Recurrent Neural Networks (RNN)

1. Time Series DataÂ¶

1.1. So FarÂ¶

• Regression, Classification, Dimension Reduction,

• Based on snapshot-type data

• Sequence matters

• What is a sequence?

• sentence
• medical signals
• speech waveform
• vibration measurement
• Sequence Modeling

• Most of the real-world data is time-series
• There are important bits to be considered
• Past events
• Relationship between events
• Causality
• Credit assignment
• Learning the structure and hierarchy

• Use the past and present observations to predict the future

1.2. (Determinstic) Sequences and Difference EquationsÂ¶

We will focus on linear difference equations (LDE), a surprisingly rich topic both theoretically and practivally.

For example,

$$y[0]=1,\quad y[1]=\frac{1}{2},\quad y[2]=\frac{1}{4},\quad \cdots$$

or by closed-form expression,

$$y[n]=\left(\frac{1}{2}\right)^n,\quad nâ‰¥0$$

or with a difference equation and an initial condition,

$$y[n]=\frac{1}{2}y[nâˆ’1],\quad y[0]=1$$

High order homogeneous LDE

$$y[n]=\alpha_1 y[nâˆ’1] + \alpha_2 y [nâˆ’2] + \cdots + \alpha_k y[n-k]$$

1.3. (Stochastic) Time Series AnalysisÂ¶

1.3.1. Stationarity and Non-Stationary SeriesÂ¶

• A series is stationary if there is no systematic change in mean and variance over time

• A series is non-stationary if mean and variance change over time

• Example: GDP, population, weather, etc.

1.3.2. Dealing with Non-StationarityÂ¶

Linear trends

Non-linear trends

• For example, population may grow exponentially

Seasonal trends
• Some series may exhibit seasonal trends

• For example, weather pattern, employment, inflation, etc.

Combining Linear, Quadratic, and Seasonal Trends

• Some data may have a combintation of trends

• One solution is to apply repeated differencing to the series

• For example, first remove seasonal trend. Then remove linear trend

• Inspect model fit by examining residuals Q-Q plot

• Anternatively, include both linear and cyclical trend terms into the model

\begin{align*} Y_t &= \beta_1 + \beta_2 Y_{t-1} \\ &+ \beta_3 t + \beta_4 t^{\beta_5} \\ &+ \beta_6 \sin \frac{2\pi}{s}t + \beta_7 \cos \frac{2\pi}{s}t \\ &+ u_t \end{align*}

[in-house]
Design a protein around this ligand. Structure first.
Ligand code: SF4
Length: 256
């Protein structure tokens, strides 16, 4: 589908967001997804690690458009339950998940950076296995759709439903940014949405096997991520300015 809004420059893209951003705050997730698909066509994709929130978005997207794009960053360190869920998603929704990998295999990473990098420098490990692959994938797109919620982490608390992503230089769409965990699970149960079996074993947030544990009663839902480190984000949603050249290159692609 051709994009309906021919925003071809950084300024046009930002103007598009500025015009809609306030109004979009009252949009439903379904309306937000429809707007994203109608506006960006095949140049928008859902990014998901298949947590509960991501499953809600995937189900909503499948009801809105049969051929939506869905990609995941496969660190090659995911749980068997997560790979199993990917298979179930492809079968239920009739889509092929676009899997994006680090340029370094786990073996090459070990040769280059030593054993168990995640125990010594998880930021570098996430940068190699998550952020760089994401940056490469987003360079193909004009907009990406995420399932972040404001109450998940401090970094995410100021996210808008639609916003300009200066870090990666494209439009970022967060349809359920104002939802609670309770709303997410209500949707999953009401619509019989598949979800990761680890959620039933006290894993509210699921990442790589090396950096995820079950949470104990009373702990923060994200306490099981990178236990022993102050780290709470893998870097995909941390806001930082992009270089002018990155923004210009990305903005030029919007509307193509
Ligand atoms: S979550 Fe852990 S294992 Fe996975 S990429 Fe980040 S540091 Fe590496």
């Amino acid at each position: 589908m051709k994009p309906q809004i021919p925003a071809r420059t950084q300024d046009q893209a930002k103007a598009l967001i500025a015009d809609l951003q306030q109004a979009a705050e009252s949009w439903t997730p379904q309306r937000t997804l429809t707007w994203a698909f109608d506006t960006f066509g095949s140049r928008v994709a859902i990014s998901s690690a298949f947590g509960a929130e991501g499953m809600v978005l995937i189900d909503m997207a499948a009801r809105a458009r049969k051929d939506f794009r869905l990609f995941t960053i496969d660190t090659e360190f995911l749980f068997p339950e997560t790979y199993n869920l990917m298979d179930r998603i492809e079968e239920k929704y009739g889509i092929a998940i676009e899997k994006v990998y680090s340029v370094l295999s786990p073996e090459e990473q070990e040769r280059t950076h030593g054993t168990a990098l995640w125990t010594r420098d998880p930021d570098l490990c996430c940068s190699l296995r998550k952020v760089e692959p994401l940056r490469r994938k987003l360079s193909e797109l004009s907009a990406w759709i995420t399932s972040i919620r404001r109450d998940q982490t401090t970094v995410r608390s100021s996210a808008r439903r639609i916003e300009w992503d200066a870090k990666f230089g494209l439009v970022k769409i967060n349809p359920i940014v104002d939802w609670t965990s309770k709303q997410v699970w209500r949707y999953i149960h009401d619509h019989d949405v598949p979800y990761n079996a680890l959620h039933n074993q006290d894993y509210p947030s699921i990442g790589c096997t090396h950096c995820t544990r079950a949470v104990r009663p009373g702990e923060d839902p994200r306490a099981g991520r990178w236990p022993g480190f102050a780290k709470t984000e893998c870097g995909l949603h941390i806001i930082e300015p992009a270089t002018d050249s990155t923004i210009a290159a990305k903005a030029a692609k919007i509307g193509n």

1.4. Time-Series DataÂ¶

(almost) all the data coming from manufacturing environment are time-series data

• sensor data,
• process times,
• material measurement,
• equipment maintenance history,
• image data, etc.

Manufacturing application is about one of the following:

• prediction of time-series values
• anomaly detection on time-series data
• classification of time-series values
• metrology and inspection

1.4.1. Definition of time-seriesÂ¶

$$x: T \rightarrow \mathbb{R}^n \;\; \text{where}\;\; T=\{\cdots, t_{-2},t_{-1},t_0,t_1,t_2, \cdots \}$$

Example: material measurements: when $n=3$

$$x(t) = \begin{bmatrix} \text{average thickness}(t)\\ \text{thickness variance}(t)\\ \text{resistivity}(t) \end{bmatrix}$$

1.4.2. Supervised and Unsupervised Learning for Time-seriesÂ¶

For supervised learning, we define two time series

$$x: T \rightarrow \mathbb{R}^n \;\; \text{and} \;\; y: T \rightarrow \mathbb{R}^m$$

Supervised time-series learning:

\begin{align*} \text{predict} \quad &y(t_k) \\ \text{given} \quad & x(t_k), x(t_{k-1}), \cdots \;\, \text{and} \;\, y(t_{k-1}), y(t_{k-2}), \cdots \end{align*}

Unsupervised time-series anomaly detection

• Find time segment that is considerably differnt from the rest

\begin{align*} \text{find} \quad & k^* \\ \text{such that} \quad & x(t_k) |_{k=k^*}^{k^*+s} \;\; \text{is significantly different from} \;\, x(t_k) |_{k=-\infty}^{\infty} \end{align*}

1.5. Markov ProcessÂ¶

1.5.1. Sequential ProcessesÂ¶

• Most classifiers ignored the sequential aspects of data

• Consider a system which can occupy one of $N$ discrete states or categories $q_t \in \{S_1,S_2,\cdots,S_N\}$

• We are interested in stochastic systems, in which state evolution is random

• Any joint distribution can be factored into a series of conditional distributions

$$p(q_0,q_1,\cdots,q_T ) = p(q_0) \; p(q_1 \mid q_0) \; p( q_2 \mid q_1 q_0 ) \; p( q_3 \mid q_2 q_1 q_0 ) \cdots$$

Amost impossible to compute !!

$$p(q_0,q_1,\cdots,q_T ) = p(q_0) \; p(q_1 \mid q_0) \; p( q_2 \mid q_1 ) \; p( q_3 \mid q_2 ) \cdots$$

Possible and tractable !!

1.5.2. Markov ProcessÂ¶

• (Assumption) for a Markov process, the next state depends only on the current state:

$$p(q_{t+1} \mid q_t,\cdots,q_0) = p(q_{t+1} \mid q_t)$$

• More clearly

$$p(q_{t+1} = s_j \mid q_t = s_i) = p(q_{t+1} = s_j \mid q_t = s_i,\; \text{any earlier history})$$

• Given current state, the past does not matter
• The state captures all relevant information from the history
• The state is a sufficient statistic of the future

1.5.3. State Transition MatrixÂ¶

For a Markov state $s$ and successor state $s'$, the state transition probability is defined by

$$P_{ss'} = P \left[S_{t+1} = s' \mid S_t = s \right]$$

State transition matrix $P$ defines transition probabilities from all states $s$ to all successor states $s'$.